Ohio may legalize fireworks for private home use

Roman candles, firecrackers, bottle rockets and other fireworks could be going off in your neighborhood 24 hours a day, seven days a week, if pending legislation becomes law.

State representatives are backing a bill to dramatically change Ohioans access to consumer-grade fireworks, starting July 1, 2020.

House Bill 226, sponsored by state Reps. Bill Seitz, R-Cincinnati, and Martin Sweeney, D-Cleveland, would:

* allow Ohioans to buy, possess and use 1.4G fireworks on their own property or others’ property with permission;

* require sellers to give safety pamphlets to buyers

* impose a 4 percent fee on top of sales taxes to fund firefighter training and fireworks regulation;

* set up a 13-member study committee to consider alternative regulations;

* extends the a long-standing moratorium on licenses to manufacture and sell fireworks to 2020; and

* allow counties, cities and some townships to either ban fireworks or restrict the times and dates they may be used.

If it passes in its current form, Ohio may have the most liberal law governing consumer use of fireworks, said Sherry Williams, executive director of Prevent Blindness Ohio, which opposes the bill. “We know there is no safe way to use an unsafe product,” she said. “Setting off explosives is a dangerous activity that serves no purpose.”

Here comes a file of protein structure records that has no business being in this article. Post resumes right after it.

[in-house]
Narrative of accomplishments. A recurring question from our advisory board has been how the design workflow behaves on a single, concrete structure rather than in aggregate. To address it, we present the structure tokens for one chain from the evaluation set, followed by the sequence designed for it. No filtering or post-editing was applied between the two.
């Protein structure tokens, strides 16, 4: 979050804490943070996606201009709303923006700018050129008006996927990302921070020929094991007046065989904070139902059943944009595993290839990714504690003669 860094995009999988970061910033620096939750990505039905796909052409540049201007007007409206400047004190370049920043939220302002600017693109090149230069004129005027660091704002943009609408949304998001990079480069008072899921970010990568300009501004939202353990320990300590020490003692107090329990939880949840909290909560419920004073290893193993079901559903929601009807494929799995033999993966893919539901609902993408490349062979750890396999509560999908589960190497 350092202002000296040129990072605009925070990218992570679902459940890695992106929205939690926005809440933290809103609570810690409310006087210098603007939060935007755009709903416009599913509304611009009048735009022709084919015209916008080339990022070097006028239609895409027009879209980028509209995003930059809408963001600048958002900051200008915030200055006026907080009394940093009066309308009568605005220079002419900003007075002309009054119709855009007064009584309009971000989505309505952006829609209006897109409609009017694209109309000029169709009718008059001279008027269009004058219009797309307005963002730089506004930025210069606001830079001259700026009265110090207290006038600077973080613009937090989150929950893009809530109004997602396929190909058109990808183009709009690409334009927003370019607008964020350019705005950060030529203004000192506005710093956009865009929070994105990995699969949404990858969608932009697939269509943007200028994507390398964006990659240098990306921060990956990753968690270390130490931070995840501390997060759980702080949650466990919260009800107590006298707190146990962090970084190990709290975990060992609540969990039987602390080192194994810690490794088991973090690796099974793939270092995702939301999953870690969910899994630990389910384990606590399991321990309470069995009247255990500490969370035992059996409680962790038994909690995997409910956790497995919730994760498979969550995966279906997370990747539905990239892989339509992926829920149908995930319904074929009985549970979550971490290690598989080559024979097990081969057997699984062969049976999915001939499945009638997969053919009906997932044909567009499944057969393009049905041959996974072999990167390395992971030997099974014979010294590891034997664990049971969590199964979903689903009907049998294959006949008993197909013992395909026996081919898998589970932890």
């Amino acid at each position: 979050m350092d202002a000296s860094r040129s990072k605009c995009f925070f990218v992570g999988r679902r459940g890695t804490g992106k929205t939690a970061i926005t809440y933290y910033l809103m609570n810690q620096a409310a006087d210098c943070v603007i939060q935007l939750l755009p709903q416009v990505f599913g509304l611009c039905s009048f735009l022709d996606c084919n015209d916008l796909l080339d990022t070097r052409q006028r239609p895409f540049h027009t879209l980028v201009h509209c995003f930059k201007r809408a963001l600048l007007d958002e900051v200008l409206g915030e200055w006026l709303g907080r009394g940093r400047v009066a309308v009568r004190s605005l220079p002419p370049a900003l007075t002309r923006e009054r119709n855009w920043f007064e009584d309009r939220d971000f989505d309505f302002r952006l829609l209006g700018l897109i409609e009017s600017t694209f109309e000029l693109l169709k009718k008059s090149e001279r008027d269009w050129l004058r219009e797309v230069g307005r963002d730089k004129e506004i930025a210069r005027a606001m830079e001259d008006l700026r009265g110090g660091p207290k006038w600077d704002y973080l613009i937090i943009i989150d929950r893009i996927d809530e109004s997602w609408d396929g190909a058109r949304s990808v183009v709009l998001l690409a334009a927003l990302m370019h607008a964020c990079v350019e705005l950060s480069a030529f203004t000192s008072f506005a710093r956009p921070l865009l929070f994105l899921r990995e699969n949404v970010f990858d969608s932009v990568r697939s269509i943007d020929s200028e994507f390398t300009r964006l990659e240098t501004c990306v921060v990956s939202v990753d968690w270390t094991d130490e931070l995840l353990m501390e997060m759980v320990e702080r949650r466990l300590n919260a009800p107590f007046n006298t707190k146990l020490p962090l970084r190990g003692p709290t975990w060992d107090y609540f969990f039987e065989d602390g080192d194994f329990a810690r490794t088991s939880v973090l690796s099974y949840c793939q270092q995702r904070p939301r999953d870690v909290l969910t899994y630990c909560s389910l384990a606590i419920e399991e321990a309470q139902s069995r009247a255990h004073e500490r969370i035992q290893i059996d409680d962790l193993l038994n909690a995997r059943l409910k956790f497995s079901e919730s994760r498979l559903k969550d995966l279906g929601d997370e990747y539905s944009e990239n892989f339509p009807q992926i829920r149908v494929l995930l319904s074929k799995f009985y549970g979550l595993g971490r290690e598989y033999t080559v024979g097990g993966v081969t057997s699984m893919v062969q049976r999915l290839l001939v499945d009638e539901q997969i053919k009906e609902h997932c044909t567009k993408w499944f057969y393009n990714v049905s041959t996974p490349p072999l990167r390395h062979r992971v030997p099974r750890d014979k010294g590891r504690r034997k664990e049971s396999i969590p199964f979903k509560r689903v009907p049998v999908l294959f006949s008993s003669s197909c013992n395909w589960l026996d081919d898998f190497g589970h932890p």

She added that “Fifty percent of the injuries (from fireworks) are to people who are minding their own business.”

Seitz told his fellow lawmakers, “I do know fireworks are a lot safer now than they were 10 to 12 years ago.”

Danial Peart, government affairs director for Youngstown-based Phantom Fireworks, Inc., said if the study committee doesn’t recommend alternative regulations, starting in 2020, “Ohioans would finally be able to use fireworks safely and responsibly” and local governments could set restrictions.

Related: Ohioans no longer have to promise to take fireworks out of state

The bill is the latest attempt to revamp Ohio’s fireworks law. In the closing days of the legislative session in 2014, a measure similar to House Bill 226 fizzled. Williams, who has led Prevent Blindness Ohio for 31 years, said House Bill 226 marks the fifth attempt by state legislators to legalize consumer fireworks since 1996.

Currently, illegal possession or discharge of fireworks is a first-degree misdemeanor carrying up to a $1,000 fine and six months in jail for first offenses. Buyers are required to take purchased fireworks out of state within 48 hours, though they are no longer required to sign a form promising to do so.

The pending bill would extend mortoriums on Ohio issuing new licenses and on allowing current licensees to move locations. Peart said Phantom would like to open more stores and move some shops, which were initially located 30 years ago.

The Ohio Assocation of Professional Firefighters said they like the earmark for firefighter training but need to study the plan to legalize consumer fireworks. “We can all agree that the current law has hardly been effective in curbing the discharge of consumer grade fireworks,” the association said.


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